When it’s dark I get sad. Seasonal Affective Disorder, that is – SAD. Such a clever acronym for this thing that feels so heavy, like someone poured molasses on my normally sunny, sparkly soul.
SAD is a recognized mood illness that happens for most people during the late fall and winter months, especially in winter climes like Minnesota. You can read all about the symptoms and more here.
People used to think it was fake, probably because it mostly women are diagnosed with it. It takes the medical community a while to take us seriously sometimes. But it’s in the Diagnostic and Statistical Manual of Mental Disorders (DSM-IV), so it has been anointed as real.
I’ll admit that I was personally skeptical about SAD and resisted the diagnosis when my doctor made it about five years ago. In my childhood family, rules for living included, “Just snap out of it,” “Don’t cry over spilled milk,” “Mind over matter,” and “When the going gets tough, the tough get going.”
So I blamed myself for my fall and winter low energy, for the overwhelming urge once home from work to get into “comfy clothes,” get under a blanket on the sofa, pour a glass of wine, ignore phone calls and texts, and watch bad TV. (I actually voted more than once during American Idol last winter. Now that’s depressing.)
I never got “SAD” until recently. At least I don’t think I did. I grew up in Minnesota and when I was a kid, winter was my favorite time of year. I loved skating, sledding, skiing, and snowball fights with the neighbor kids. My mom believed getting outside was good for us and I remember being bundled up and sent out for hours at a time. We had fun.
As an adult I was a single parent. There was no time to be “SAD.” Exhausted and stressed maybe, but lethargic and withdrawn? Not a chance. I’d get home from work and start my second job which included cooking, cleaning, and arm wrestling two kids through homework they had no interest in doing. Maybe I had SAD then but I was stretched too thin to notice (and clueless that feeling so stressed could have indeed been a symptom).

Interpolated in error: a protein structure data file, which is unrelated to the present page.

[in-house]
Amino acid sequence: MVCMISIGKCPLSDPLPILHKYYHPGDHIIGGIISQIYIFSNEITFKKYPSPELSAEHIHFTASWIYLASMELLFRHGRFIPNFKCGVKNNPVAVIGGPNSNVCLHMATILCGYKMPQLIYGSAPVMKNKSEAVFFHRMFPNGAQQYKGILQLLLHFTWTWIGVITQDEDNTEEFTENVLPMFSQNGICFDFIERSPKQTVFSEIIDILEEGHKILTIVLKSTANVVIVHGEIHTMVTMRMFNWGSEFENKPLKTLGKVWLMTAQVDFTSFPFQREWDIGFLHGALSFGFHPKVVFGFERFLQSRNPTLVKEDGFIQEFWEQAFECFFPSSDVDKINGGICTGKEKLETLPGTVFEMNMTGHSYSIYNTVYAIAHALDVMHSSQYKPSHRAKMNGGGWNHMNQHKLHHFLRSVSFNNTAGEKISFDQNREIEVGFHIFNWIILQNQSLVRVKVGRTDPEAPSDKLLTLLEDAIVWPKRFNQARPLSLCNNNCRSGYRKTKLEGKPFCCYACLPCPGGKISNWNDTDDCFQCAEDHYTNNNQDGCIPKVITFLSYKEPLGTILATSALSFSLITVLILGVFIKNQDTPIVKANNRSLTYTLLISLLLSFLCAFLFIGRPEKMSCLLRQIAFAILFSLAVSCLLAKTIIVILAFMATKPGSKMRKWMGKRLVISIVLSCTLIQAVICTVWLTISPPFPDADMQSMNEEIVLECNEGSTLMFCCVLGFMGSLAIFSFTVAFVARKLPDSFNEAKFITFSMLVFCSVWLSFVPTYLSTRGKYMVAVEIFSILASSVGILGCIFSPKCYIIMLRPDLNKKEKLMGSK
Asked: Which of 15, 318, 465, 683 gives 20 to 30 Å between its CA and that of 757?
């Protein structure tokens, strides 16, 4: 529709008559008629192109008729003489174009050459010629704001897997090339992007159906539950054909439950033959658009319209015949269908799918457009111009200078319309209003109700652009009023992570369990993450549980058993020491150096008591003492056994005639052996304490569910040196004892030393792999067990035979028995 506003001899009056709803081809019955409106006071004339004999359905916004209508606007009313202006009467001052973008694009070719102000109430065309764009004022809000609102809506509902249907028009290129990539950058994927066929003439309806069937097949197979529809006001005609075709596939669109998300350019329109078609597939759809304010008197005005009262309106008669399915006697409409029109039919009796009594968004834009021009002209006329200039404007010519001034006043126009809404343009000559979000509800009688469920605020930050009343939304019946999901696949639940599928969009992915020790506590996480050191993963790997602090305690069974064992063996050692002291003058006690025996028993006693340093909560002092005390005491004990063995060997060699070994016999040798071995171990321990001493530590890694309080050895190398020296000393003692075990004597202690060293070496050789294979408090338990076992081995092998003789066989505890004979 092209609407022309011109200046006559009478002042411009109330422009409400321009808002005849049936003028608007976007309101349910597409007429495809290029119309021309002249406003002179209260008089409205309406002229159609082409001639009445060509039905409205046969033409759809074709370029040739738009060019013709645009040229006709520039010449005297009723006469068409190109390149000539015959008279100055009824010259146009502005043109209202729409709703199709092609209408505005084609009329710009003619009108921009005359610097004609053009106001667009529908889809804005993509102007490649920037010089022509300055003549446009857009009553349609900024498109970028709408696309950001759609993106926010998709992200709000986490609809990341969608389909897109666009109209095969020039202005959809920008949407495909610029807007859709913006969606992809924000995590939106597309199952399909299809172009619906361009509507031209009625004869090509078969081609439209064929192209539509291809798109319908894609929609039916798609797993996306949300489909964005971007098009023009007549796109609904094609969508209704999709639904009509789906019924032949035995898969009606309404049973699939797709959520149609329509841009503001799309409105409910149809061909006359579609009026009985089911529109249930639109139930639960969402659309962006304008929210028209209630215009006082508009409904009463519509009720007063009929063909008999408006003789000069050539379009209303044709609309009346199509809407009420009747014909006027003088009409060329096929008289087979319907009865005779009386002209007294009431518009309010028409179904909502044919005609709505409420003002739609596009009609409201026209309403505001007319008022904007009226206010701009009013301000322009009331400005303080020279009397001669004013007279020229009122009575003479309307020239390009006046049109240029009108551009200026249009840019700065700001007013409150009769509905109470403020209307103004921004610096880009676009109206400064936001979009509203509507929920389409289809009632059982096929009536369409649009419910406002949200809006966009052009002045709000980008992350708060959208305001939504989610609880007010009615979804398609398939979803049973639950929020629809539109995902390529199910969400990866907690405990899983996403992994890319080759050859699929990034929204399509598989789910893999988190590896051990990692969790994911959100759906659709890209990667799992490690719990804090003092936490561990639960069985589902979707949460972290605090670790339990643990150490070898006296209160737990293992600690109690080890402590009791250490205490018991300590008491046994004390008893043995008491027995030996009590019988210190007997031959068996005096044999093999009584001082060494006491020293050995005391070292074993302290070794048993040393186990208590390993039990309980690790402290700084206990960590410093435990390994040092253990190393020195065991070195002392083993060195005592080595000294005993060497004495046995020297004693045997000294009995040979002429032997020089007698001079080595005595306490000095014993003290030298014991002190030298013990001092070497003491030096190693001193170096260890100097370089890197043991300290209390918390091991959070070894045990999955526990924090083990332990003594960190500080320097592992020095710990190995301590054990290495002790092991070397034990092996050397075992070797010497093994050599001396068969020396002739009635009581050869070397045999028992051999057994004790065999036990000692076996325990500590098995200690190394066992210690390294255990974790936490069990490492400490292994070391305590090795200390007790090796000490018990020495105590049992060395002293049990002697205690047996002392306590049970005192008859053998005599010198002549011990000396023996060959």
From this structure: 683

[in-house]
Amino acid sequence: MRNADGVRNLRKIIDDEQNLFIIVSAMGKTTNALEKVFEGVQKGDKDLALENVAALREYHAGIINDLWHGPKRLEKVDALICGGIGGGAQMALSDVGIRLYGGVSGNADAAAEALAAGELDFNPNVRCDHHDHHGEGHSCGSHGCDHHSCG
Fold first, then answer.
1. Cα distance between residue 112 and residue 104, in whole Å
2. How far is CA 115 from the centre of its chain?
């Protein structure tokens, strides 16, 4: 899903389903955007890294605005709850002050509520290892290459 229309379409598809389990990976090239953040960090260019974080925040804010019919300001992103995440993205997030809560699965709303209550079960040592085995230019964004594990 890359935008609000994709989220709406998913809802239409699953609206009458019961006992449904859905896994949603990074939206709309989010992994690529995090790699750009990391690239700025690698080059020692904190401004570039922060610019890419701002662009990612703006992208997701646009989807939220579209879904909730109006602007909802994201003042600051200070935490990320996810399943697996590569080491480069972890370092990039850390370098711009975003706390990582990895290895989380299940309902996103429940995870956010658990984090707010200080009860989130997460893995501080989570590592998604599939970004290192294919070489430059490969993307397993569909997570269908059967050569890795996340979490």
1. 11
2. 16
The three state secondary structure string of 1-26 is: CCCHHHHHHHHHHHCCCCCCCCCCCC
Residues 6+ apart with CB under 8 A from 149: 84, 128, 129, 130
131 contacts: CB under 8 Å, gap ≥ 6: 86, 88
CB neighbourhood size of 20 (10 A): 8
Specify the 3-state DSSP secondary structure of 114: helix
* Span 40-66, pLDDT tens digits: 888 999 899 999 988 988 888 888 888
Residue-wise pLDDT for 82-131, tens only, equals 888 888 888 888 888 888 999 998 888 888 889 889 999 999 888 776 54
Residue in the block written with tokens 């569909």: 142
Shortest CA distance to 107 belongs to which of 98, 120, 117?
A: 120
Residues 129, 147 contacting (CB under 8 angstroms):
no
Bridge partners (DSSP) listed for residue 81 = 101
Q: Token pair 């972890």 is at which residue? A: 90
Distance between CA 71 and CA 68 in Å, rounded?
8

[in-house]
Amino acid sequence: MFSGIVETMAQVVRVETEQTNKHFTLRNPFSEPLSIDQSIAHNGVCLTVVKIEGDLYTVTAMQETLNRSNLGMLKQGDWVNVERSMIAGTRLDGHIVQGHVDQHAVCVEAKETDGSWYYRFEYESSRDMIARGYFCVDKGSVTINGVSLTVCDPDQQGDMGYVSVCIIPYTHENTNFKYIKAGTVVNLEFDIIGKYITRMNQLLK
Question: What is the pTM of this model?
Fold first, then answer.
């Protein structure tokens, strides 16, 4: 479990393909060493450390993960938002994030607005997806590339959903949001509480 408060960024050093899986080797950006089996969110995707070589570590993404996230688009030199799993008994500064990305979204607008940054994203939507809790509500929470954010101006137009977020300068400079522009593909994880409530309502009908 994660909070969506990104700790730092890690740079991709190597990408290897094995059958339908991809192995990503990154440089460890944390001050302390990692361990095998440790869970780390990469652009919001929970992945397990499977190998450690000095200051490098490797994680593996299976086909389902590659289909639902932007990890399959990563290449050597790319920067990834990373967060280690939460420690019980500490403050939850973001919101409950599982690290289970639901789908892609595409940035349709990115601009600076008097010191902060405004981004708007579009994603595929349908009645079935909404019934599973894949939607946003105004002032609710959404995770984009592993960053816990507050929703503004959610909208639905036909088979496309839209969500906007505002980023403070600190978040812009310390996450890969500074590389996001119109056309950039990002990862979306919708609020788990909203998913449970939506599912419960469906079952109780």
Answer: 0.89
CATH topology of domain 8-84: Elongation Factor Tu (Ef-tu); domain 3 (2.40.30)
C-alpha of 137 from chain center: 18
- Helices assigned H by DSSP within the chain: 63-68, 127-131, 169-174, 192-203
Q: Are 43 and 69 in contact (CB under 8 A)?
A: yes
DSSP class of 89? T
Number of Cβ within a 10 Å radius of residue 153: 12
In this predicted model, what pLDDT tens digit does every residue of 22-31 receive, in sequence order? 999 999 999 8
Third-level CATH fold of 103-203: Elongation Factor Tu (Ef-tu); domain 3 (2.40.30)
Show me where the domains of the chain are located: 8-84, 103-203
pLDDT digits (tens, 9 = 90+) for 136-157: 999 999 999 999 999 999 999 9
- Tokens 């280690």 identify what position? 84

It’s probably no coincidence that I started noticing the symptoms for SAD once I was an empty nester and had the time and space to melt on the sofa at night.
I’m coming to accept that I indeed have SAD. If I look back at my journal entries, every year they start to get gloomy around November and lighten up by mid-February. I am a child of the sun and light. During the heat of summer I’m my own comic midsummer night’s dream, twirling in the giddy glow of a happy, satisfied soul.
It’s hard to come down from that summer high every fall.
I do stuff to deal with getting SAD. I have a light box (it’s actually called a “Happy Light“) that sends 10,000 lux of simulated daylight my way 30 minutes each day as I drink my morning coffee. The light is bright and annoying. I’d like it better, I think, if it also gave off heat and actually felt a bit like sunshine. I take a Vitamin D supplement (though sunlight is the best Vitamin D therapy), and work on eating right and exercise. And having fun, the best Rx of all. If all else fails, I add a low dose anti-depressant to the mix.
But this year, as we passed the Summer Solstice (meaning the days were going to start getting shorter), I went back into denial and was determined to be the master of my moods (mind over matter, remember) and to keep that easy, breezy, summer girl feeling all year long, without any help, even as we haplessly cascaded toward the fall and winter, the monochrome gray, and the long, dark nights.
I held on valiantly until daylight savings ended, despite all the tell-tale signs that SAD was creeping around the bend again. Once I admitted the comfy clothes, blanket, sofa, and lack of desire for a social life had gripped me once again, I capitulated, and am back on my anti-SAD routine for yet another winter, anti-depressant included (the thing I really wanted to avoid).
I’d like to think I could will my winter blues away. Maybe I’ll move to the desert some day. But until then (or maybe just in general), I have to accept when it’s dark, I get SAD.
This post was written by Ann Freeman and originally published on Upside My Head (Pay Attention Now).